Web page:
The proposed Ambler Road prompted strong resistance from the hunting and fishing community. In 2023, more than 40 Alaska-based businesses, leading outdoor brands, and conservation organizations launched Hunters & Anglers for the Brooks Range. The collective—which includes guides, outfitters, and transporters who operate in the Brooks Range—urged the BLM to deny the permit for the private industrial corridor. To date, the coalition has delivered more than 14,000 individual letters to the agency opposing the Ambler Road.

“With this victory comes a renewed sense of commitment from the hunting and fishing community to safeguard America’s most remote hunting and fishing grounds.” 

Jen Leahy, Alaska senior program manager for the TRCP

As expected, development interests have wasted no time attacking the BLM’s decision. Ambler Road proponents have reportedly included an amendment in the Senate version of the National Defense Authorization Act that would rescind the BLM’s decision and force the Department of the Interior to permit the Ambler Road. This effort will be met with strong resistance as conservation-minded hunters and anglers defend the BLM’s decision.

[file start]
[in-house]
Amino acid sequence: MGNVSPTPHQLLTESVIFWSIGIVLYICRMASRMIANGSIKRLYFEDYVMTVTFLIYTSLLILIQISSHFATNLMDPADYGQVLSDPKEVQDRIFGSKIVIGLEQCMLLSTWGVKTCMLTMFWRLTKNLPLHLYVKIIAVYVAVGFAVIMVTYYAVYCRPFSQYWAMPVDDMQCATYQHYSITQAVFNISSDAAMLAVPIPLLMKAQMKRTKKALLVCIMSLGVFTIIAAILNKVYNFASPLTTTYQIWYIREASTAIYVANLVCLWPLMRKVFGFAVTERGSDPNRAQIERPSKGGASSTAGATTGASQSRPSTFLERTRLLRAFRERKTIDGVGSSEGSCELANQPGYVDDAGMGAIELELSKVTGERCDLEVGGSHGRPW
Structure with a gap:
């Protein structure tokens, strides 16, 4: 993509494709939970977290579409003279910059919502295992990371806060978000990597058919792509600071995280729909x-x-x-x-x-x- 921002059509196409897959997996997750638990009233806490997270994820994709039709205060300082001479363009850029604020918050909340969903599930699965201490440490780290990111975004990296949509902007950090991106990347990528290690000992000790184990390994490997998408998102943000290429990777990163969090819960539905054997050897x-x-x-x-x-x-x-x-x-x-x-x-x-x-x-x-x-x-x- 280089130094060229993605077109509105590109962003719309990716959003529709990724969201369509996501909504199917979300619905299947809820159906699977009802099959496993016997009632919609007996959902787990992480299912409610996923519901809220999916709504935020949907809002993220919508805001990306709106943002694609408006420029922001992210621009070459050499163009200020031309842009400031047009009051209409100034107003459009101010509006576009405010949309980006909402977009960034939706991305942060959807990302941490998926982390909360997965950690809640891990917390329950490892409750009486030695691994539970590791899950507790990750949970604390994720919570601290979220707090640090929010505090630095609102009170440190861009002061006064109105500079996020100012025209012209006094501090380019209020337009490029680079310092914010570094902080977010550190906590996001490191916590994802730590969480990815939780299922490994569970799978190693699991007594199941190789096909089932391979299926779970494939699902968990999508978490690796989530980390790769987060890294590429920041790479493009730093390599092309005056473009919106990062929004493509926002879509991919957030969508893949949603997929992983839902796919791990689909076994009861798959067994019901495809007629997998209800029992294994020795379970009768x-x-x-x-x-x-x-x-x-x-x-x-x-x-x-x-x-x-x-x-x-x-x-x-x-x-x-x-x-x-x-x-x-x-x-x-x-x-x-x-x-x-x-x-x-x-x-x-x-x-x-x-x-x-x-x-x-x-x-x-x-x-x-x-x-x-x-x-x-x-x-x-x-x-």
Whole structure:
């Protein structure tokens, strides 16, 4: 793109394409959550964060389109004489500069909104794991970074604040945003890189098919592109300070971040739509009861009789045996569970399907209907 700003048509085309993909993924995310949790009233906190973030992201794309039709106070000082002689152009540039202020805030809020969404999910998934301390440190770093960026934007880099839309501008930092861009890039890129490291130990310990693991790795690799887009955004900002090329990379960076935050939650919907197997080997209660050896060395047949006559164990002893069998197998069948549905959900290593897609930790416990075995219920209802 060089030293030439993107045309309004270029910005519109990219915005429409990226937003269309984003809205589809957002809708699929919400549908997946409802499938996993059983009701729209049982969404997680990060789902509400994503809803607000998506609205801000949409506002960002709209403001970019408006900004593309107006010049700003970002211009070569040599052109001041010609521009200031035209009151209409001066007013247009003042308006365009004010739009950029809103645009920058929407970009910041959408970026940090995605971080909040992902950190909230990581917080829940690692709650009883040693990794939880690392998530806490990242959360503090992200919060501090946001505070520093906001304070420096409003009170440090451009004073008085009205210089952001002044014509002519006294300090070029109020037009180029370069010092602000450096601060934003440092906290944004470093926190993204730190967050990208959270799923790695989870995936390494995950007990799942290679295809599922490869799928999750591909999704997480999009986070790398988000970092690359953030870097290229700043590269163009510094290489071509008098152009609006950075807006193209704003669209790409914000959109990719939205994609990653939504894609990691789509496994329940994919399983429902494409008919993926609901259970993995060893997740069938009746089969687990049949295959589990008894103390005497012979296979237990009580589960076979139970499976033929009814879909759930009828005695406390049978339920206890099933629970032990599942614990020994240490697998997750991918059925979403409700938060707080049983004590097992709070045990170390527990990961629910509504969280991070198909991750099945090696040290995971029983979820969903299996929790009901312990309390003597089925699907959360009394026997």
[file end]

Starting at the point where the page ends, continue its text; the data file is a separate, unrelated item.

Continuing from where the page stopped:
“With this victory comes a renewed sense of commitment from the hunting and fishing community to safeguard America’s most remote hunting and fishing grounds,” said Leahy. “The Brooks Range is a treasured destination for hunters and anglers, and we will stand guard to defend this iconic and wild landscape from emerging and future threats.”

Learn more about Hunters & Anglers for the Brooks Range HERE.


The TRCP is your no-B.S. resource for all things conservation. In our weekly Roosevelt Report, you’ll receive the latest news on emerging habitat threats, legislation and proposals on the move, public land access solutions we’re spearheading, and opportunities for hunters and anglers to take action. Sign up now.

HOW YOU CAN HELP

CHEERS TO CONSERVATION

Theodore Roosevelt’s experiences hunting and fishing certainly fueled his passion for conservation, but it seems that a passion for coffee may have powered his mornings. In fact, Roosevelt’s son once said that his father’s coffee cup was “more in the nature of a bathtub.” TRCP has partnered with Afuera Coffee Co. to bring together his two loves: a strong morning brew and a dedication to conservation. With your purchase, you’ll not only enjoy waking up to the rich aroma of this bolder roast—you’ll be supporting the important work of preserving hunting and fishing opportunities for all.

$4 from each bag is donated to the TRCP, to help continue their efforts of safeguarding critical habitats, productive hunting grounds, and favorite fishing holes for future generations.